• What is the relevance of central sensitization when compared to peripheral sensitization in prostatitis patients? Is it possible that the pain could be effectively reduced by existing molecules[12] or their functional analogues capable of blocking nociceptive pain?
  • Free-radical mediated pathways generate electrophilic lipid peroxidation products. Some lipids yield pro-inflammatory, others yield anti-inflammatory compounds, depending on lipid type. If omega-3 derived electrophilic compounds are anti-inflammatory,[13] could prostatitis syndrome patients benefit from omega-3 supplementation?

 

References:

  1. Türk S, Kullisaar T. Are prostatitis symptoms associated with an isoprostane-mediated vicious circle? Med Hypotheses. 2011 Nov;77(5):837-40.
  2. Kullisaar T, Türk S, Punab M, Mändar R. Oxidative stress--cause or consequence of male genital tract disorders? Prostate. 2012 Jun 15;72(9):977-83.
  3. Schwartz ES, Lee I, Chung K, Chung JM. Oxidative stress in the spinal cord is an important contributor in capsaicin-induced mechanical secondary hyperalgesia in mice. Pain. 2008 138(3):514–24..
  4. Ko YK, Youn AM, Hong BH, Kim YH, Shin YS, Kang PS, Yoon KJ, Lee WH. Antinociceptive effect of phenyl N-tert-butylnitrone, a free radical scavenger, on the rat formalin test. Korean J Anesthesiol. 2012 Jun;62(6):558-64.
  5. Watanabe T, Inoue M, Sasaki K, Araki M, Uehara S, Monden K, Saika T, Nasu Y, Kumon H, Chancellor MB. Nerve growth factor level in the prostatic fluid of patients with chronic prostatitis/chronic pelvic pain syndrome is correlated with symptom severity and response to treatment. BJU Int. 2011 Jul;108(2):248-51.
  6. Hassan AA, Elgamal SA, Sabaa MA, Salem K. Evaluation of intravesical potassium sensitivity test and bladder biopsy in patients with chronic prostatitis/chronic pelvic pain syndrome. Int J Urol. 2007 Aug;14(8):738-42.
  7. Tsuboi N, Nishimura T, Chen H, Norose Y, Shimizu M, Kondo Y, Kimura G, Fukuda Y. Relation of leukocytosis in prostatic fluid and inflamed prostatic tissue. J Nihon Med Sch. 2007 Jun;74(3):210-6.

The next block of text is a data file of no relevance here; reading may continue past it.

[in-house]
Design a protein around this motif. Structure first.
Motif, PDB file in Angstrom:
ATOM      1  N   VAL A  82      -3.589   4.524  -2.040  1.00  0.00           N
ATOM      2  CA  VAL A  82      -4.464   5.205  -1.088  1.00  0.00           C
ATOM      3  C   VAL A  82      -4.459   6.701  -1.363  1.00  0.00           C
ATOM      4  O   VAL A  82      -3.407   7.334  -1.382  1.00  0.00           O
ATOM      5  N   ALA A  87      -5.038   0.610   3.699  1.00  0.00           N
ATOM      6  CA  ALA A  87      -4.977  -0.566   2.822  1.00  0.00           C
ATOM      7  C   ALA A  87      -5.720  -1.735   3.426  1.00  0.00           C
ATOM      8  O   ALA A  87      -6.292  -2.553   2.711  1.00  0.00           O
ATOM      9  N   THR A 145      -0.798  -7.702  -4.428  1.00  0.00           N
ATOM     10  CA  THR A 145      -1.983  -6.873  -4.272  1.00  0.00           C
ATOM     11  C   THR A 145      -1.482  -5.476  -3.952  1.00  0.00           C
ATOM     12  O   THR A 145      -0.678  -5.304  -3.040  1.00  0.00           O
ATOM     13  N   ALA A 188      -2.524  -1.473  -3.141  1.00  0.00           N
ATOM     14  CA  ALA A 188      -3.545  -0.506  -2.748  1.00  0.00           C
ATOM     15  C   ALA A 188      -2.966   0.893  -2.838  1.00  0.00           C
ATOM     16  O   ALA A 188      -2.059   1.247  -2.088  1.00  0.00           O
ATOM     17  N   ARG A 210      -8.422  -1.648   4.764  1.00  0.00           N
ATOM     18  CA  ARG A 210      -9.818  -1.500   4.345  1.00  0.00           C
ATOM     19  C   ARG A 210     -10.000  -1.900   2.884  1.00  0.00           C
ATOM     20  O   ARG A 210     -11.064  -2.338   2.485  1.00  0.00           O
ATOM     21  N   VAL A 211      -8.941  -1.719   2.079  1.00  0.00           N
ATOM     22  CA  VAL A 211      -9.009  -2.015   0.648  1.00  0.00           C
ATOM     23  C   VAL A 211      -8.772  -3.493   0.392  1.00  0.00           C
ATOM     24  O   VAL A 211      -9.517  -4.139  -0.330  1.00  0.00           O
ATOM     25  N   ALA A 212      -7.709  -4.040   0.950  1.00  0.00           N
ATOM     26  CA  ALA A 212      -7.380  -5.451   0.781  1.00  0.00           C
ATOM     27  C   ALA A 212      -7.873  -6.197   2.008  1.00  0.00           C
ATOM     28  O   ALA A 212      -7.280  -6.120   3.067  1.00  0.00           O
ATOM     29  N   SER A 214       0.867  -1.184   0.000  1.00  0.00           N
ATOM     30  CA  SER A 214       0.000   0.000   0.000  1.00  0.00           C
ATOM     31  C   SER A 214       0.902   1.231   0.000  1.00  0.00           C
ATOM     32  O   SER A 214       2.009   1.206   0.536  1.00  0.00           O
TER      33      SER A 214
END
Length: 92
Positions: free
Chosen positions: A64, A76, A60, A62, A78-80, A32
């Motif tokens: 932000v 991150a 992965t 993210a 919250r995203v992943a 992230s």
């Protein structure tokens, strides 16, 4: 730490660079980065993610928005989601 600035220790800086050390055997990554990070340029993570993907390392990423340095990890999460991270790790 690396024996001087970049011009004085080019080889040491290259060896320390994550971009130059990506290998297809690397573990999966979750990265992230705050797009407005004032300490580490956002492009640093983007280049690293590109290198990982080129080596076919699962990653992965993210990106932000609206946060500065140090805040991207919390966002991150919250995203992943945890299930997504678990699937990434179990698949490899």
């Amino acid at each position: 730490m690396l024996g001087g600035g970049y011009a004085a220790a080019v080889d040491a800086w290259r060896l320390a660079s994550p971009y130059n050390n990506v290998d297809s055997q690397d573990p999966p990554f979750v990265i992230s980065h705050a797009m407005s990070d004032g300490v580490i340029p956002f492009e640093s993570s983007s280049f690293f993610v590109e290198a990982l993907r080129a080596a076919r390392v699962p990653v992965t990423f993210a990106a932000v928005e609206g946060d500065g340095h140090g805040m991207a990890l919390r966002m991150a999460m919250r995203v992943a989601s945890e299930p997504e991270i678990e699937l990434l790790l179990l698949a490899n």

8. Zhou Z, Hong L, Shen X, Rao X, Jin X, Lu G, et al. Detection of nanobacteria infection in type III prostatitis. Urology. 2008 71(6):1091–5.
  9. Türk S, Punab M, Mändar R. Antimicrobial Susceptibility Patterns of Coryneform Bacteria Isolated from Semen. Open Infect Dis J. 2009 3:31-36.
  10. Kładna A, Kruk I, Michalska T, Berczynski P, Aboul-Enein HY. Characterization of the superoxide anion radical scavenging activity by tetracycline antibiotics in aprotic media. Luminescence. 2011 Nov-Dec 26(6):611-5.
  11. Farmer MA, Chanda ML, Parks EL, Baliki MN, Apkarian AV, Schaeffer AJ. Brain functional and anatomical changes in chronic prostatitis/chronic pelvic pain syndrome. J Urol. 2011 Jul;186(1):117-24.
  12. US patent - US2005014847 (A1).
  13. Musiek ES, Brooks JD, Joo M, Brunoldi E, Porta A, Zanoni G, Vidari G, Blackwell TS, Montine TJ, Milne GL, McLaughlin B, Morrow JD. Electrophilic cyclopentenone neuroprostanes are anti-inflammatory mediators formed from the peroxidation of the omega-3 polyunsaturated fatty acid docosahexaenoic acid. J Biol Chem. 2008 Jul 18;283(29):19927-35. 

Written by:

Silver Türk as part of Beyond the Abstract on UroToday.com. This initiative offers a method of publishing for the professional urology community. Authors are given an opportunity to expand on the circumstances, limitations etc... of their research by referencing the published abstract.

Department of Microbiology
Tartu University
Ravila 19
Tartu 50411, Estonia